Wayne J. Anderson
1940 ~ 2021
Captain Wayne Joseph Anderson, age 81, of Rollins, Montana took his last flight on July 25, 2021, after a short struggle with pancreatic cancer. Born on June 25, 1940, to Reverend Oscar and Nina Olson Anderson in Fort Dodge, Iowa, Wayne was the second oldest of four children – David Anderson (who passed in 2000), Lois and Roselyn. Wayne’s mother died during childbirth. His father married Ing Nesheim when he was two years old.
True to his Viking heritage, Wayne was an avid adventurer and voyager. In the fall of 1958, after graduating from Janesville (WI) Senior High School, Wayne enrolled at St. Olaf College in Northfield, MN. During his St. Olaf tenure, he opted to leave college for a year to explore and guide in the Boundary Waters Canoe Area along the Minnesota/Canadian border. Upon returning to St. Olaf College, Wayne participated in Air Force ROTC, setting his sights on becoming an Air Force pilot.
As a student Wayne was also known to excel in college wrestling and tennis. Following graduation, he married fellow student Anne Esse whom he met at St. Olaf. In time Wayne and Anne had two sons, Sig and Eric.
Soon after college graduation, 2/Lt. Wayne Anderson was called to Air Force active duty. He and Anne headed south to Laughlin AFB located on the Rio Grande River at Del Rio, Texas. Wayne received his pilot training in the T-37 and T-33 aircraft. Completing Undergraduate Pilot Training, Wayne was awarded his Silver Wings and given orders to report to the 14th Troop Carrier Squadron, a component of the 63rd Troop Carrier Wing (H) at Hunter, AFB, GA. The 63rd (C-124s) was a specialty airlift wing, whose airlift missions ranged from dropping airborne Army troops, to supporting scientific explorations in Antarctica and becoming the primary airlift support organization for the isolated city of Berlin, Germany. In the event of another Berlin Airlift, aircraft from the 63rd Wing would likely be the first in the air corridors. Wayne had his initial Aircraft Commander checkout in the C-124 Globemaster which before digital global communications would test his leadership skills. He flew the world to places unknown to the average Air Force transport pilot, often without command post supervision.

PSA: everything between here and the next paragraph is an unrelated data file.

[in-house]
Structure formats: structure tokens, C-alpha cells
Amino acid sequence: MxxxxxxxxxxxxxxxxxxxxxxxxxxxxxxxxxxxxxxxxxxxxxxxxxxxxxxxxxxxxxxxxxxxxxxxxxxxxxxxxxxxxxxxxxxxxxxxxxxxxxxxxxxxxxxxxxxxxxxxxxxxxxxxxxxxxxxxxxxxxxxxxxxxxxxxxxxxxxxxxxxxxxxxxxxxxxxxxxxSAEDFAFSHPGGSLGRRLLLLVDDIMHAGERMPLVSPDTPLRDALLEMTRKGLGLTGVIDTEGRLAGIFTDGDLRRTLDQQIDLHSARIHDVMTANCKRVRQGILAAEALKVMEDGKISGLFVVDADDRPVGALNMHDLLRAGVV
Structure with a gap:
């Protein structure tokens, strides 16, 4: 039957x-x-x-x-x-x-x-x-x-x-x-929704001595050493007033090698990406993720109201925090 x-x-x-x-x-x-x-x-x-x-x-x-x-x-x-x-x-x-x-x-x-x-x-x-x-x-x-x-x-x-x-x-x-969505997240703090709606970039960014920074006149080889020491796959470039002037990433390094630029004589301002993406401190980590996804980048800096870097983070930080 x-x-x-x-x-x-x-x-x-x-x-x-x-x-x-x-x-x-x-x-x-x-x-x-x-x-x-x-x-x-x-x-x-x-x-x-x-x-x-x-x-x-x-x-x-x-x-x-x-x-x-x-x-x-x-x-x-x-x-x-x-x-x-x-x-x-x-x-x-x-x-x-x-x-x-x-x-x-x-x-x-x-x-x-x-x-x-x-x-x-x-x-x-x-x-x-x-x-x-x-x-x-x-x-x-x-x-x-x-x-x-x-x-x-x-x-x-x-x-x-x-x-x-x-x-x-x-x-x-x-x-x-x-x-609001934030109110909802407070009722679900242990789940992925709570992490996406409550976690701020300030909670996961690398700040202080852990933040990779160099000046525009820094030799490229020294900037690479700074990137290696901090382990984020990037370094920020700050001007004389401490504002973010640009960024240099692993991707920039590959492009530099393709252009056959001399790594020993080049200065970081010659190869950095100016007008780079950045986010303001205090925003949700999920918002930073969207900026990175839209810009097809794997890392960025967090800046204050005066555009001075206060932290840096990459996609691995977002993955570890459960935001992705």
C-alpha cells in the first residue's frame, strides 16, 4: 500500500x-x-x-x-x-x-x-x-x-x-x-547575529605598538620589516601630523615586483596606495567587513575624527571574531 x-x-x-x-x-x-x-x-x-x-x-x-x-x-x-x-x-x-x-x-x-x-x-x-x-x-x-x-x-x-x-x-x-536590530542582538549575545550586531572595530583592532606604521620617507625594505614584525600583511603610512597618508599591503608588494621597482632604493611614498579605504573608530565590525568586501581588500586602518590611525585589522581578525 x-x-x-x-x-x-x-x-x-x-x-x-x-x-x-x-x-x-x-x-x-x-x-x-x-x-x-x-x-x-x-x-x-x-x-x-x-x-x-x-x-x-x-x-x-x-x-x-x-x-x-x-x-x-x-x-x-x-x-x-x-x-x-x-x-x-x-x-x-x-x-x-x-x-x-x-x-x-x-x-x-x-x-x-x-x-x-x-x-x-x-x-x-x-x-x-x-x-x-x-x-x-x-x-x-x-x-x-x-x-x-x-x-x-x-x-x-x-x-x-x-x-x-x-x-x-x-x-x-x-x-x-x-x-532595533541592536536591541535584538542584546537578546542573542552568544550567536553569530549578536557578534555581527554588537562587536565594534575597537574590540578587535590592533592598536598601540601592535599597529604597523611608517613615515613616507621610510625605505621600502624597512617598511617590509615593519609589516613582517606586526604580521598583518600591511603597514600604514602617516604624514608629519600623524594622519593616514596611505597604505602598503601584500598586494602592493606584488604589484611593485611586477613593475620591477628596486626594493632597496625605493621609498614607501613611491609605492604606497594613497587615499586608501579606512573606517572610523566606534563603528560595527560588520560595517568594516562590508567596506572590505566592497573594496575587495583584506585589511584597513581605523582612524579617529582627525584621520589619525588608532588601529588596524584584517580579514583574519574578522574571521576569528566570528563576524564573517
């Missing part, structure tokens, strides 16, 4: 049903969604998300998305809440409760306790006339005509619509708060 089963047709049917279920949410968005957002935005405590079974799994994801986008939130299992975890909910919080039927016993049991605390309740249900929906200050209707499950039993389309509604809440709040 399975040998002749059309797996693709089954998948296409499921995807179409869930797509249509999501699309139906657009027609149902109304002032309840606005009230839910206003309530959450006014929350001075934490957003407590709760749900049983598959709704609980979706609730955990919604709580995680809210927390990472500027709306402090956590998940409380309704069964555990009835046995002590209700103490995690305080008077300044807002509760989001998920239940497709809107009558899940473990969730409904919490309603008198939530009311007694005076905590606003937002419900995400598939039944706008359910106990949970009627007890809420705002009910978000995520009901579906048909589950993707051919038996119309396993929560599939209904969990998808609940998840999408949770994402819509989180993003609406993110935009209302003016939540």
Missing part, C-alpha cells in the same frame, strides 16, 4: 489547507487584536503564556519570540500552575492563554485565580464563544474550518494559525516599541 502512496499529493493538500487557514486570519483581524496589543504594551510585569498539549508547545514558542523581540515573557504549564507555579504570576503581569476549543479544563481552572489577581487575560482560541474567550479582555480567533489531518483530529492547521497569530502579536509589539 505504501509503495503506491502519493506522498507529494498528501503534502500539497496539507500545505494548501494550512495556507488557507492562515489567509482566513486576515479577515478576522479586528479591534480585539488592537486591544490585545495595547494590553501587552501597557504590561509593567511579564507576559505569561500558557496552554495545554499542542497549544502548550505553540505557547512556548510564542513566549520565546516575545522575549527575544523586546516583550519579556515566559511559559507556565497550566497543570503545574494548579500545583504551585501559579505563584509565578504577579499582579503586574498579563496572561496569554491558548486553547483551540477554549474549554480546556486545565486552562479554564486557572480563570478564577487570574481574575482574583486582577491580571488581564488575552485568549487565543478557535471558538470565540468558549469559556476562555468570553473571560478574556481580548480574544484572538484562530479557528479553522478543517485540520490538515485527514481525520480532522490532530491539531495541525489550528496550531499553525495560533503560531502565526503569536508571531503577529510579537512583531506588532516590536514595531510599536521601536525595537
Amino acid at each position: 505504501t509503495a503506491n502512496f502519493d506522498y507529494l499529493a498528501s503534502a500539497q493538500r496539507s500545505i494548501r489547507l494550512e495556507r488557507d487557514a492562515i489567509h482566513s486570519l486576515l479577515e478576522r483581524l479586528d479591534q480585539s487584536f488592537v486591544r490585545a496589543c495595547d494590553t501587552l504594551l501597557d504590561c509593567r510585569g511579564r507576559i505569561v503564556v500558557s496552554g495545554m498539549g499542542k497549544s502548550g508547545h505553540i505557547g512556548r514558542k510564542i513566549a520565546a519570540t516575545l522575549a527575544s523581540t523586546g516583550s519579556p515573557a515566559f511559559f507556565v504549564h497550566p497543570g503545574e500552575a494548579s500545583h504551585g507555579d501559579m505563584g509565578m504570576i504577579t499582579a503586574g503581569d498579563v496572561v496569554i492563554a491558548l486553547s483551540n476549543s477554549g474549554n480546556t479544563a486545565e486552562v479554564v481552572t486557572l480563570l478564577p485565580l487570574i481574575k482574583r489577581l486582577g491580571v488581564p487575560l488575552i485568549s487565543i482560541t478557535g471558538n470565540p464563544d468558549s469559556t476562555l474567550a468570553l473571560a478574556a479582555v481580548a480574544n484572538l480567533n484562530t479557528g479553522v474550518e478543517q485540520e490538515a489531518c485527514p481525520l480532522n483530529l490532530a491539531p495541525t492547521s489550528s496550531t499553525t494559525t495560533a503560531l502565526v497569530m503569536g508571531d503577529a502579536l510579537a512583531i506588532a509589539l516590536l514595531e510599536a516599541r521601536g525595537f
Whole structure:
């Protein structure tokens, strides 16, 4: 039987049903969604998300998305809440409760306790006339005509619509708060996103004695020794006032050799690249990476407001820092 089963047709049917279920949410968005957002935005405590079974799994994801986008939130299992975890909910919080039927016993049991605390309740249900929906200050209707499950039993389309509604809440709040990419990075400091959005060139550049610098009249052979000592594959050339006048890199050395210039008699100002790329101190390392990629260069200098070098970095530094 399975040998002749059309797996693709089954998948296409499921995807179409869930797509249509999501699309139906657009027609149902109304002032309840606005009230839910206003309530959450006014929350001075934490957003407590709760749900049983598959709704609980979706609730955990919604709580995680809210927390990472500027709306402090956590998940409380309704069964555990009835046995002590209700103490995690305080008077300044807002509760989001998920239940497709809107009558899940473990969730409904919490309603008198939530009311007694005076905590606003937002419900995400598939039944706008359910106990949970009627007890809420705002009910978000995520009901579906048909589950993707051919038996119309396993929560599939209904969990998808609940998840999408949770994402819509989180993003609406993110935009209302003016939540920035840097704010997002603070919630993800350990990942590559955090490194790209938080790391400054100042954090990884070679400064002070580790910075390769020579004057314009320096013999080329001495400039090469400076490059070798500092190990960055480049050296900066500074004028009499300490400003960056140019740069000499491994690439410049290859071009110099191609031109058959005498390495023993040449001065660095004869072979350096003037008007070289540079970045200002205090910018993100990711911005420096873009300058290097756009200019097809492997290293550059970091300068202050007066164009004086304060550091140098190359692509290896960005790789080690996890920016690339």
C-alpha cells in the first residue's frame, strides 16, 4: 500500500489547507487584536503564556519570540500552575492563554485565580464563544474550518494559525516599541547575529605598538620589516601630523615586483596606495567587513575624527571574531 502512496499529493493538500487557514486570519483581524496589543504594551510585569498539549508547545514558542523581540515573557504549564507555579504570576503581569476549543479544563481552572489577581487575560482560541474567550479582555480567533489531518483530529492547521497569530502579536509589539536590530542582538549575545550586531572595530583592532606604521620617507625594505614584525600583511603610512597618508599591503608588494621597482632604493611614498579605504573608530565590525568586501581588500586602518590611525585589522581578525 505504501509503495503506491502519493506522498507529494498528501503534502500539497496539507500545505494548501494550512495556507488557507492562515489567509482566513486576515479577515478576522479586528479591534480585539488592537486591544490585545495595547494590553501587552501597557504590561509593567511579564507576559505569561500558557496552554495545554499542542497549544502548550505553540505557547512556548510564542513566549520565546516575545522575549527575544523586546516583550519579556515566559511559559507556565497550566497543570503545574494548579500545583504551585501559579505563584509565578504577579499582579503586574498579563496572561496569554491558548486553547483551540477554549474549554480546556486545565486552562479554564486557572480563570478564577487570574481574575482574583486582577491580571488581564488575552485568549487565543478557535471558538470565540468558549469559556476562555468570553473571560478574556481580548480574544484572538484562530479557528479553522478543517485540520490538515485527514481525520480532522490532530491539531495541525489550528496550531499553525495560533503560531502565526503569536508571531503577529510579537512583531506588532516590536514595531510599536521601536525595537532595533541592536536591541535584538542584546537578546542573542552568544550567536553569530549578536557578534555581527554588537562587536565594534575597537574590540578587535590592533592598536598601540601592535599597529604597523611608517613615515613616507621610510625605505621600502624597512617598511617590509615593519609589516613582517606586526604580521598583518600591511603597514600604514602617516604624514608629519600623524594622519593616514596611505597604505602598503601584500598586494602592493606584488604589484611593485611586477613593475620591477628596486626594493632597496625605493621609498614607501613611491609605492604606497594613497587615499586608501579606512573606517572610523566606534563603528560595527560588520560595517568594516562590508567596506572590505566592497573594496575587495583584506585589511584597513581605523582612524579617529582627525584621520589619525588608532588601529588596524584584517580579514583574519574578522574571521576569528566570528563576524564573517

In the mid-1960s, with the arrival of the jet powered Lockheed C-141, now the 63rd Airlift Wing was reassigned to Norton AFB, CA. During the Vietnam War Wayne flew multiple types of cargo jets but mostly the C-141 and served with distinction. Incredibly proud of having served his country he was often seen wearing his Vietnam Veteran baseball cap.
On September 09, 1968, Wayne began an airline career with Northwest Airlines (NWA). His initial hire training was in Minneapolis, MN where Wayne completed his initial qualification as a second officer on the Boeing 727. During Wayne’s NWA career he would fly multiple crew positions on the Boeing 727, Boeing 707 series, the McDonald Douglas DC-10-40, the Boeing 757 and ended his career on the Boeing 747-400. Wayne also served NWA as an instructor pilot and check airmen helping other pilots to hone their flying skills. He retired as a captain on the 747-400 in 2000 after thirty-two years of NWA service. Even in retirement, Wayne continued to explore the wild blue yonder around most of the globe. Along the way he also inspired both of his sons to become pilots.
In the second half of his life, Wayne set out on his own into the mountains and lakes of the west. In 1988, he married Velora LaMunyon and became father and grandfather to her three children, Ginnette, Mike and Ann, and their families. Wayne and Velora resided in Hawaii, Seattle, Arizona, and later on Flathead Lake in Montana. Together, they enjoyed hiking in Glacier National Park, sailing the oceans with friends. They created a video production company called WAVE Productions. In 2014, Wayne lost Velora to cancer.
Optimistic and outgoing, Wayne possessed a true knack for meeting and connecting with people, recognizing the best in everyone. He enjoyed playing guitar around a campfire, golfing, boating, fishing, and good wine. He became an active supporter and volunteer of the Flathead Lake Biological Station.
Wayne was always quick to offer effusive compliments and made everyone feel valued. He was an accomplished pilot, a witty storyteller and a lover of the people and the land that surrounded him. Wayne remained a curious, active, and handsome fellow until the very end.
He leaves behind his sisters Lois Anderson and Roselyn Albers who both reside in Minnesota, his sons Sigurd Anderson (spouse Kelly) of San Francisco and their children Boden, Elsa and son Eric (spouse Debra) of Minneapolis and their children Hayden, Lyndy and Nolan. In addition, Velora’s (their) children Ginnette Kearney (husband Wynn), Mike Sinclair (wife Linda) and Ann Damon (husband Clay) as well as many grandchildren and great grandchildren.
At Wayne’s request, friends and family will gather on the shores of Flathead Lake this fall to reflect and celebrate his life. A man of profound character, a great aviator and a fine gentleman has departed our ranks.
To honor his love of Flathead Lake and the surrounding community, the family asks that any donations be made to the Flathead Lake Bio Station (Polson, MT).
(-Sig Anderson and Bill Day)